The dreaded ear wax—that sticky, wax-like substance that builds up in your ears—may seem disgusting, but this stuff actually plays a crucial role. Ear wax (also called cerumen) protects your ears by trapping dirt, dust and other debris, keeping it from reaching the eardrum and preventing infection. It’s also a great moisture barrier, keeping your ears soft and comfortable. When you require Ear wax removal, consider Earwax.co.uk who specialise in Ear wax removal
The colour and texture of ear wax vary from person to person, and it often tells you something about your health. For example, a yellow or brown earwax is more likely to indicate that your genes are predisposed to wet ear wax, while flakier earwax may be associated with dry ear wax.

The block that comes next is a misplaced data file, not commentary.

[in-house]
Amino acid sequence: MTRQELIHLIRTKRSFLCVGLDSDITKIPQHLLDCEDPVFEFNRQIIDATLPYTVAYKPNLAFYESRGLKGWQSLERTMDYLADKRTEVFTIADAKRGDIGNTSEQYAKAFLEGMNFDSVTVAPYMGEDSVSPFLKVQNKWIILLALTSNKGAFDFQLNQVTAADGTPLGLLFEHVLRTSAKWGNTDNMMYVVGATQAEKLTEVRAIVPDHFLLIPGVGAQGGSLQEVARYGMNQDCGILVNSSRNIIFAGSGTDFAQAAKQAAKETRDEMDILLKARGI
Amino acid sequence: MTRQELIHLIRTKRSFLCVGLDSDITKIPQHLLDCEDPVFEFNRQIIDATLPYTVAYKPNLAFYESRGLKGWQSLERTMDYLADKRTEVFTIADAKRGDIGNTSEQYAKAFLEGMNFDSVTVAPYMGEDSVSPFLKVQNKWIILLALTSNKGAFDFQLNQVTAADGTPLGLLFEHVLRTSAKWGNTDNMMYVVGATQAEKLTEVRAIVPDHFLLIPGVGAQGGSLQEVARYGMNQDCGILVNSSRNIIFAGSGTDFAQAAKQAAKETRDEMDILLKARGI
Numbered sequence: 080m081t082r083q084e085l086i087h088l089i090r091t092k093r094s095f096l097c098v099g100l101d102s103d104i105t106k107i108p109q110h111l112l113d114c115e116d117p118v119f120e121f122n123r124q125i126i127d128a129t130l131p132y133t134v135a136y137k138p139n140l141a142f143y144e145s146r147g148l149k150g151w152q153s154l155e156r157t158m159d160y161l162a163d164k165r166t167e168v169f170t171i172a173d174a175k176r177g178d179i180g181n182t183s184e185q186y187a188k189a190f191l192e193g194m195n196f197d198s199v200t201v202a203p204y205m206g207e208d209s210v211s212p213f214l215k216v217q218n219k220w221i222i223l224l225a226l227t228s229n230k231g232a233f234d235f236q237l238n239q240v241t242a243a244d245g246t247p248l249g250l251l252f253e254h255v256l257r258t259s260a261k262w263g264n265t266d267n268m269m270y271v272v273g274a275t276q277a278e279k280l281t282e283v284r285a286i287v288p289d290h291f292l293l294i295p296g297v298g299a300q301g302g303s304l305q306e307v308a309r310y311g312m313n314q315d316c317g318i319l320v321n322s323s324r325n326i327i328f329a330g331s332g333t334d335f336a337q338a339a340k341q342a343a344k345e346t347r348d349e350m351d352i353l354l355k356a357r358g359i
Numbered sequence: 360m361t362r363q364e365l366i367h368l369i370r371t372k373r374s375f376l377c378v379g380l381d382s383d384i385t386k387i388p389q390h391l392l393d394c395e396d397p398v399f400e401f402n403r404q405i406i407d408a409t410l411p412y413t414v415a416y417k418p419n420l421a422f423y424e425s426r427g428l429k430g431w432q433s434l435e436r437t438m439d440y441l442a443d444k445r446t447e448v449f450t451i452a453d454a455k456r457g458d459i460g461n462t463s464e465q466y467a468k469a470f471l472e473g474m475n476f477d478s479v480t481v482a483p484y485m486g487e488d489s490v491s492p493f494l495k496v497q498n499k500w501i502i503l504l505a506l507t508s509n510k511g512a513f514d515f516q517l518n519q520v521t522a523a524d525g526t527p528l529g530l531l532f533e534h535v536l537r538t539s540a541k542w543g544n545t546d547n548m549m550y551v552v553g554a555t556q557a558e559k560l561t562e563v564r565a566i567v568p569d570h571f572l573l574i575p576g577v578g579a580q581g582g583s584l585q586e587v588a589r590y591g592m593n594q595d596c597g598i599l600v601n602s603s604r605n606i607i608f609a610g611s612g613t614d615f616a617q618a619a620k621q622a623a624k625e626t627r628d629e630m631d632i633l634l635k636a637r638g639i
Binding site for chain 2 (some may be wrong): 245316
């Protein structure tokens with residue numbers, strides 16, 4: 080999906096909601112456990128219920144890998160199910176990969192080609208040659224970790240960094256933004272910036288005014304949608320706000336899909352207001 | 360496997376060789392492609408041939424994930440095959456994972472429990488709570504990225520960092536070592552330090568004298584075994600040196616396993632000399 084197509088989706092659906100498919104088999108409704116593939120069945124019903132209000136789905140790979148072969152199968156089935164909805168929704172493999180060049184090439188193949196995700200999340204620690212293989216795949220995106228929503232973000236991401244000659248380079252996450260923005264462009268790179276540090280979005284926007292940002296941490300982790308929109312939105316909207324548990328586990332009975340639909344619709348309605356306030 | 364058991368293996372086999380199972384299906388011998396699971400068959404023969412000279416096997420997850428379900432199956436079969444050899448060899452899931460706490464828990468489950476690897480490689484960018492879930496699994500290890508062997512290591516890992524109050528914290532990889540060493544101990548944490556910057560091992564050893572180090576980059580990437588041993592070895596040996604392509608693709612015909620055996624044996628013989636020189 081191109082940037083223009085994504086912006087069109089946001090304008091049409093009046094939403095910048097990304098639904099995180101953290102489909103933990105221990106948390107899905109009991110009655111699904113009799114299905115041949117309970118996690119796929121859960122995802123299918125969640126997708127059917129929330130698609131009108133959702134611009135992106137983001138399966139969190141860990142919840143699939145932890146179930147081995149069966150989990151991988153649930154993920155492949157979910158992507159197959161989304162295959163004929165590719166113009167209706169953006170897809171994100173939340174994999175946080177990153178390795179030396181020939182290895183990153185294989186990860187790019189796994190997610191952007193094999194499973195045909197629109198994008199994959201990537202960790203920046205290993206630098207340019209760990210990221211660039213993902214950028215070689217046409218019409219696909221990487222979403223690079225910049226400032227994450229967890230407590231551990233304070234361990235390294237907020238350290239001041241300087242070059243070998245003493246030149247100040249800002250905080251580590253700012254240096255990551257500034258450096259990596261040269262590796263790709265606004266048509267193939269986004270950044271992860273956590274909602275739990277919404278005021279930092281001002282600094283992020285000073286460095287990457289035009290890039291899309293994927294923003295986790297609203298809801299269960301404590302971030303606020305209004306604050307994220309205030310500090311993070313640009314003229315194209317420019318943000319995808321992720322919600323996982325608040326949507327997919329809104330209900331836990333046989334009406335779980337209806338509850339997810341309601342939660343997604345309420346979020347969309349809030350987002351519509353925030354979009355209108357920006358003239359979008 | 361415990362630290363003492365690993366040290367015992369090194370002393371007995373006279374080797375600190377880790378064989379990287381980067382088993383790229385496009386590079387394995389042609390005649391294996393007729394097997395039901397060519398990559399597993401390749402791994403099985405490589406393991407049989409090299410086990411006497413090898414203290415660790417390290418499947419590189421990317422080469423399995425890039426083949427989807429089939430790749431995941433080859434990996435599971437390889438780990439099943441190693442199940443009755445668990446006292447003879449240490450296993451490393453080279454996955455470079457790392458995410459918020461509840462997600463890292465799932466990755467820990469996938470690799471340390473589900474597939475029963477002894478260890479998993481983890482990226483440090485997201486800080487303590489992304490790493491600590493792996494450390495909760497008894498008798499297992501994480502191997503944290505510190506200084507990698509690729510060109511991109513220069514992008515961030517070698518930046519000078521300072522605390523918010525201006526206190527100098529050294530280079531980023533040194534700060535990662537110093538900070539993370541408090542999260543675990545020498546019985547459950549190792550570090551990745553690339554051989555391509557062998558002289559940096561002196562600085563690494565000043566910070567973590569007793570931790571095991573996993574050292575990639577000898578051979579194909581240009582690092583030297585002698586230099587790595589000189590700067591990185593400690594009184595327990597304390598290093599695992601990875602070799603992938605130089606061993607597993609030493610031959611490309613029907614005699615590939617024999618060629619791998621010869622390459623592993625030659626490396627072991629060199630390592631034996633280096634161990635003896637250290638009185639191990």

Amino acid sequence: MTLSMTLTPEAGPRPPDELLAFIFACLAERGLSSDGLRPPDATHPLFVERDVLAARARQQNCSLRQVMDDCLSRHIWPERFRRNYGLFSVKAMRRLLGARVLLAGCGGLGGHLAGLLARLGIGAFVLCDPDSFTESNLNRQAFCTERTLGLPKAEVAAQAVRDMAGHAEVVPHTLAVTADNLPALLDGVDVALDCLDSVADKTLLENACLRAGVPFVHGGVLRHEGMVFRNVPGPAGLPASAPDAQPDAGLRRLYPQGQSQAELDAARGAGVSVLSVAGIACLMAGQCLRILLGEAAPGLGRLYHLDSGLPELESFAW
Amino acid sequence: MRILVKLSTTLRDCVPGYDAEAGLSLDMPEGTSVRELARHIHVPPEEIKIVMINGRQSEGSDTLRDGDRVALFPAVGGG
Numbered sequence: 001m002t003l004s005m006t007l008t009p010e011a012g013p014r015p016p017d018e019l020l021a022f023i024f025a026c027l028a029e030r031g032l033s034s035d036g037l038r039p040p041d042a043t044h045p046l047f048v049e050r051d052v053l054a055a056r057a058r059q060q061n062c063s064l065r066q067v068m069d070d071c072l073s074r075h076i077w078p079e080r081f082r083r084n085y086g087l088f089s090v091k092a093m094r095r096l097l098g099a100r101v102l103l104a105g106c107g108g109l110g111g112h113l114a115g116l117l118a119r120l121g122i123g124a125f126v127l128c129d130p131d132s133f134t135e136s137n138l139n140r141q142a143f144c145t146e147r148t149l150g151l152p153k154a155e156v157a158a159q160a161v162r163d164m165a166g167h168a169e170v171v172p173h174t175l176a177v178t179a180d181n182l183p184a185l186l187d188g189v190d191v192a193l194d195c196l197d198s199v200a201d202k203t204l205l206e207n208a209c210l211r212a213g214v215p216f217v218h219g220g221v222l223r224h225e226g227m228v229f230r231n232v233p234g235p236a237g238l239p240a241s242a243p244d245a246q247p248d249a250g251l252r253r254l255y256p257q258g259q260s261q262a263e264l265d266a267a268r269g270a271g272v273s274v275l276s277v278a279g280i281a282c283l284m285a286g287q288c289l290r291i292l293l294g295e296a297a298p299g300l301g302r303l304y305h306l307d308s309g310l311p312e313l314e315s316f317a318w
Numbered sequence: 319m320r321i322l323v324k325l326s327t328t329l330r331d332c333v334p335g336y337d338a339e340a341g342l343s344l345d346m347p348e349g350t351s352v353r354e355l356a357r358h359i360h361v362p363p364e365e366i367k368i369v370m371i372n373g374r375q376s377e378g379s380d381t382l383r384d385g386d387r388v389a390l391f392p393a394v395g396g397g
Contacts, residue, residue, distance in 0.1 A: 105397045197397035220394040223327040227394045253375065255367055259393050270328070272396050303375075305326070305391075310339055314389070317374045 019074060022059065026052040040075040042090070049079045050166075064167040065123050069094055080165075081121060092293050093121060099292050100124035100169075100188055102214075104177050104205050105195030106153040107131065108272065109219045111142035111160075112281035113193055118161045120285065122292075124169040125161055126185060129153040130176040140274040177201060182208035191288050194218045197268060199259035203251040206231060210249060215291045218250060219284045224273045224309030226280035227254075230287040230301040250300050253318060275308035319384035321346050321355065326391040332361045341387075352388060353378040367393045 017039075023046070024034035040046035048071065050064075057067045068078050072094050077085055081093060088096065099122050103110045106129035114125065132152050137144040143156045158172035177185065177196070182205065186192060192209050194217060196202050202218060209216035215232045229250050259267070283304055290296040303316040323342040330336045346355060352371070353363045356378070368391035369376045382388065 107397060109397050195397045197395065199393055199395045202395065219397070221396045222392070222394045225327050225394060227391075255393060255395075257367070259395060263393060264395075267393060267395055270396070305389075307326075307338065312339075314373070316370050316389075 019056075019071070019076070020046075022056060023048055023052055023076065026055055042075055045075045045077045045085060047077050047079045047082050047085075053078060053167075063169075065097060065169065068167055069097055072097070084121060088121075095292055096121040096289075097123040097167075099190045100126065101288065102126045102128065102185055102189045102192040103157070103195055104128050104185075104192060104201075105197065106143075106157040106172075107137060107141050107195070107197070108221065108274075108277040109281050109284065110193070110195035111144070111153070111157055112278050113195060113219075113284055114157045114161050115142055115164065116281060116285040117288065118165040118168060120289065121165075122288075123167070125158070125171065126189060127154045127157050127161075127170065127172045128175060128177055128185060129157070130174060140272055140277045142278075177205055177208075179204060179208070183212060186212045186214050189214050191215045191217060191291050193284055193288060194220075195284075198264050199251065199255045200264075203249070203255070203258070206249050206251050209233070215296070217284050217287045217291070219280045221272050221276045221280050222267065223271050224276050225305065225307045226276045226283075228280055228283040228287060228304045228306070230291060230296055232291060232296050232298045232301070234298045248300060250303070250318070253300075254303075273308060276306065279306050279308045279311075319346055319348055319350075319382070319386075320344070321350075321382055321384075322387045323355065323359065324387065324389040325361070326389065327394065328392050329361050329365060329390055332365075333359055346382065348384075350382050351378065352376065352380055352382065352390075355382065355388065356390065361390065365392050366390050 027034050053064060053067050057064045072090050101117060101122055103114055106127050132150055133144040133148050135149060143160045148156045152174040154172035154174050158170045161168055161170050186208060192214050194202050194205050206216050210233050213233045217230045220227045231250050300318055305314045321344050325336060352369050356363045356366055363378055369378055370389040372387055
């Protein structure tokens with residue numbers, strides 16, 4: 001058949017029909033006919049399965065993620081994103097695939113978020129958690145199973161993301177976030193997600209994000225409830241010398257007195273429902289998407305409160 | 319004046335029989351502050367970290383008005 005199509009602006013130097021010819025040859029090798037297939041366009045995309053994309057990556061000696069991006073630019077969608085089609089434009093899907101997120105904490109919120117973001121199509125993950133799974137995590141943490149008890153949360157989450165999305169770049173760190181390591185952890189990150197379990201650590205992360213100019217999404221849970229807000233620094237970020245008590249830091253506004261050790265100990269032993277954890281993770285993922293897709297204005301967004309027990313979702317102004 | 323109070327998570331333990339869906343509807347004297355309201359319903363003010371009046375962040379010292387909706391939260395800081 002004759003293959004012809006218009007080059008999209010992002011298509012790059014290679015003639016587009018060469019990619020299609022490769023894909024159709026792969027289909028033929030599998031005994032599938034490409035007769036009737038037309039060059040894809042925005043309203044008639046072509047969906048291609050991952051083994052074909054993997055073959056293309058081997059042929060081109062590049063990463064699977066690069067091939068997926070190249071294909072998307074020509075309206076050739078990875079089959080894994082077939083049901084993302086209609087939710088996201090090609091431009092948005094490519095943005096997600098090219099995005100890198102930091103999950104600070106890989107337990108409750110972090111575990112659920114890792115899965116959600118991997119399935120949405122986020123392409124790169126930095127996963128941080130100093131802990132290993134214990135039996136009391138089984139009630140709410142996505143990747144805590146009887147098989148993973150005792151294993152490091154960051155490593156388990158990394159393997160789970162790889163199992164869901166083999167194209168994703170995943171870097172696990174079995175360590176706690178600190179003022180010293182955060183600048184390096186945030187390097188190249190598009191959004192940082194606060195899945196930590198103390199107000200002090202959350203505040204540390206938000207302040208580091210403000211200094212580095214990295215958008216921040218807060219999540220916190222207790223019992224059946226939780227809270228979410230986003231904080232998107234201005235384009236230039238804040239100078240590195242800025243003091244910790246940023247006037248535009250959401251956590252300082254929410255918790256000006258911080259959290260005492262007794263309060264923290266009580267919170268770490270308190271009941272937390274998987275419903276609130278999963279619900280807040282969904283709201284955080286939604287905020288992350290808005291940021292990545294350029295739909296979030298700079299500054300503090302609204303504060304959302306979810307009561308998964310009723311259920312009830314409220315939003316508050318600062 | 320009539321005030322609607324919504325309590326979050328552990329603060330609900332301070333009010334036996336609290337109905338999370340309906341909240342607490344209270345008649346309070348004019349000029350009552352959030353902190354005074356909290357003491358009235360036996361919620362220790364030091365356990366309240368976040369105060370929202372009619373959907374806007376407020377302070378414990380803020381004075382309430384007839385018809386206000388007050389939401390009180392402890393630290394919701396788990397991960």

Normally, the ear canal produces a healthy amount of ear wax and naturally migrates it out of the ear, either through the eardrum or into the ear opening. However, people with small ear canals or a tendency to produce wet earwax may produce more than is normal.
For most people, there’s no need to clean out earwax, as it does its job well. When it builds up, a health care provider, such as a primary care doctor or an ear specialist, can remove it safely and prevent a blockage. Putting anything in your ears—especially a cotton swab—is a bad idea, as it can push earwax deeper into the ear canal and lead to an ear infection like a swimmer’s ear. Instead, try a few drops of diluted water or hydrogen peroxide two to three times a week to soften the wax.